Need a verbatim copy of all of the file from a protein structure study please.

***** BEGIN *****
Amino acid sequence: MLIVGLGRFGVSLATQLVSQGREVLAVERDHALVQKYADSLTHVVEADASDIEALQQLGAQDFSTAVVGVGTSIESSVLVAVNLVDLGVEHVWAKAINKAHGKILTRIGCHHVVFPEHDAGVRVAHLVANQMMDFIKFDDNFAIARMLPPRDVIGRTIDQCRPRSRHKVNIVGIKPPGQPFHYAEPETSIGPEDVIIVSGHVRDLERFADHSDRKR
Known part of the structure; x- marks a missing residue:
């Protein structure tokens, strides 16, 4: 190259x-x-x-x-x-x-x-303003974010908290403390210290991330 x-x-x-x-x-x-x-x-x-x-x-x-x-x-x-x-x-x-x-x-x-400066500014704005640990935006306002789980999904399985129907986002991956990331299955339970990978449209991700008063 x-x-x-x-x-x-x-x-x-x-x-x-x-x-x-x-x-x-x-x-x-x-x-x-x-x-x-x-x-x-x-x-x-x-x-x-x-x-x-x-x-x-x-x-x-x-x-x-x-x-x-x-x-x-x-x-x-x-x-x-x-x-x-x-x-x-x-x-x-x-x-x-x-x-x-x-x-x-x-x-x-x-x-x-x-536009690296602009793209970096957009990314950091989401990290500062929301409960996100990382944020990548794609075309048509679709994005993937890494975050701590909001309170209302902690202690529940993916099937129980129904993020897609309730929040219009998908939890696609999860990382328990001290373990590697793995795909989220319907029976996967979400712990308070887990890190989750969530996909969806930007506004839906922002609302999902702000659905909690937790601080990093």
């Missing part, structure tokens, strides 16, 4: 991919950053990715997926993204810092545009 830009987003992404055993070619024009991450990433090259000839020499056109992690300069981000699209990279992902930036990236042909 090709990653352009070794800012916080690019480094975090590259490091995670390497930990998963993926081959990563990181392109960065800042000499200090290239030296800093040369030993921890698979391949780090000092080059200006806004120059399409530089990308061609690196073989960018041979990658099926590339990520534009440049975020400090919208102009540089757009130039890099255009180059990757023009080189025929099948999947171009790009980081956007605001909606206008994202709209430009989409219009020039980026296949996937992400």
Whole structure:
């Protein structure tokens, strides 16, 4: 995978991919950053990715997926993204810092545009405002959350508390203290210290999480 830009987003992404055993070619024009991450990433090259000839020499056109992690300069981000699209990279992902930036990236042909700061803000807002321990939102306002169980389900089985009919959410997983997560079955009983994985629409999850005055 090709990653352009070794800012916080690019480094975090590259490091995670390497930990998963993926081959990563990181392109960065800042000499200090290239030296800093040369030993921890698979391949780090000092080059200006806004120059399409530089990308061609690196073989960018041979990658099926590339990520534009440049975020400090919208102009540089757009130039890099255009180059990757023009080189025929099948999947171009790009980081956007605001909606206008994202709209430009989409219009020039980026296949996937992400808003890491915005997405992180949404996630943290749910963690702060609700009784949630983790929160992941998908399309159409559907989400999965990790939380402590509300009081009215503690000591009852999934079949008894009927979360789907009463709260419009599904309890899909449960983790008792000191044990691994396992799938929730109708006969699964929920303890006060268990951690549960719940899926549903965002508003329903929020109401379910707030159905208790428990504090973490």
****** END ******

Amino acid sequence: MLIVGLGRFGVSLATQLVSQGREVLAVERDHALVQKYADSLTHVVEADASDIEALQQLGAQDFSTAVVGVGTSIESSVLVAVNLVDLGVEHVWAKAINKAHGKILTRIGCHHVVFPEHDAGVRVAHLVANQMMDFIKFDDNFAIARMLPPRDVIGRTIDQCRPRSRHKVNIVGIKPPGQPFHYAEPETSIGPEDVIIVSGHVRDLERFADHSDRKR
Known part of the structure; x- marks a missing residue:
């Protein structure tokens, strides 16, 4: 190259x-x-x-x-x-x-x-303003974010908290403390210290991330 x-x-x-x-x-x-x-x-x-x-x-x-x-x-x-x-x-x-x-x-x-400066500014704005640990935006306002789980999904399985129907986002991956990331299955339970990978449209991700008063 x-x-x-x-x-x-x-x-x-x-x-x-x-x-x-x-x-x-x-x-x-x-x-x-x-x-x-x-x-x-x-x-x-x-x-x-x-x-x-x-x-x-x-x-x-x-x-x-x-x-x-x-x-x-x-x-x-x-x-x-x-x-x-x-x-x-x-x-x-x-x-x-x-x-x-x-x-x-x-x-x-x-x-x-x-536009690296602009793209970096957009990314950091989401990290500062929301409960996100990382944020990548794609075309048509679709994005993937890494975050701590909001309170209302902690202690529940993916099937129980129904993020897609309730929040219009998908939890696609999860990382328990001290373990590697793995795909989220319907029976996967979400712990308070887990890190989750969530996909969806930007506004839906922002609302999902702000659905909690937790601080990093």
């Missing part, structure tokens, strides 16, 4: 991919950053990715997926993204810092545009 830009987003992404055993070619024009991450990433090259000839020499056109992690300069981000699209990279992902930036990236042909 090709990653352009070794800012916080690019480094975090590259490091995670390497930990998963993926081959990563990181392109960065800042000499200090290239030296800093040369030993921890698979391949780090000092080059200006806004120059399409530089990308061609690196073989960018041979990658099926590339990520534009440049975020400090919208102009540089757009130039890099255009180059990757023009080189025929099948999947171009790009980081956007605001909606206008994202709209430009989409219009020039980026296949996937992400």
Whole structure:
């Protein structure tokens, strides 16, 4: 995978991919950053990715997926993204810092545009405002959350508390203290210290999480 830009987003992404055993070619024009991450990433090259000839020499056109992690300069981000699209990279992902930036990236042909700061803000807002321990939102306002169980389900089985009919959410997983997560079955009983994985629409999850005055 090709990653352009070794800012916080690019480094975090590259490091995670390497930990998963993926081959990563990181392109960065800042000499200090290239030296800093040369030993921890698979391949780090000092080059200006806004120059399409530089990308061609690196073989960018041979990658099926590339990520534009440049975020400090919208102009540089757009130039890099255009180059990757023009080189025929099948999947171009790009980081956007605001909606206008994202709209430009989409219009020039980026296949996937992400808003890491915005997405992180949404996630943290749910963690702060609700009784949630983790929160992941998908399309159409559907989400999965990790939380402590509300009081009215503690000591009852999934079949008894009927979360789907009463709260419009599904309890899909449960983790008792000191044990691994396992799938929730109708006969699964929920303890006060268990951690549960719940899926549903965002508003329903929020109401379910707030159905208790428990504090973490």